Ultimately, Krische and her team decided JAGGAER’s eProcurement solution was the right fit for their needs. By offering a configurable, guided buying system, eProcurement allows Western University’s Procurement Services department to drive spending towards their preferred, strategically-contracted suppliers. JAGGAER’s Invoicing was also integrated into the Western University procurement system. That reduced the exhausting and time-consuming process of hand-keying, matching and approving invoices, helping to ensure vendors are paid on time.Mustang Market, as it was named, has been a huge hit with users. When someone needs to make a purchase, they simply go onto the home page and see all of the preferred vendors. This ensures purchases are made using negotiated contracts and pricing.They have also streamlined the approval authorities and roles to make it easier for users to get approval to procure materials. “We completely cleaned up our delegations of authority,” said Krische said. “Rules are built in so Procurement doesn’t have to look at everything. If a requisition passes specific rules, it can go right to the vendor.”While she appreciated the capabilities and flexibility of the JAGGAER solutions, Krische said the company’s experience and knowledge in higher education solidified the decision for her. JAGGAER representatives were able to configure the system to meet their exact needs, including the unusual criteria for the research enterprise. “They understood our business,” she said.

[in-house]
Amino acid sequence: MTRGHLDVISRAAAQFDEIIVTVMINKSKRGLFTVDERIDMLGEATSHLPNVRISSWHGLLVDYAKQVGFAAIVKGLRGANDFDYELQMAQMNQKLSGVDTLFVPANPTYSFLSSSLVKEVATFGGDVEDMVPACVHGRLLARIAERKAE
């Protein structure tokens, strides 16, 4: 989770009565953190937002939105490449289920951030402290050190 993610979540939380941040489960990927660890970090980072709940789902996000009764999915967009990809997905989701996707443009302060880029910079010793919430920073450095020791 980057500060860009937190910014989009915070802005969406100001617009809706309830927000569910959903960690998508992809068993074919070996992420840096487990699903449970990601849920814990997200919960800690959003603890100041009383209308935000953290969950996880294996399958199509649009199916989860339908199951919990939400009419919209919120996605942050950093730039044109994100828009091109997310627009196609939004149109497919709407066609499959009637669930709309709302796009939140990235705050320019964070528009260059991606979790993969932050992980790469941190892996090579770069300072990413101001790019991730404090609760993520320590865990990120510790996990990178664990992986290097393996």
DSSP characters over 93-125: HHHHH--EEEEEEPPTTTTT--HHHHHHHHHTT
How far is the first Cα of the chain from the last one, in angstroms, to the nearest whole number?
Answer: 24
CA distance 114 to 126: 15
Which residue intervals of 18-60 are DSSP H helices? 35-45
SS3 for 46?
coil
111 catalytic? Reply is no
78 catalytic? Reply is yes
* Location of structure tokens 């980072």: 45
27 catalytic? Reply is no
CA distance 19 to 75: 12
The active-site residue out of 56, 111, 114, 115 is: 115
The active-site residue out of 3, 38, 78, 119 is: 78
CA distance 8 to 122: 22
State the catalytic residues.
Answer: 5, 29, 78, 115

A Procurement Showplace

Because the transition to JAGGAER solutions was so important to the University, the Procurement Services department continually measures its success across several metrics, including: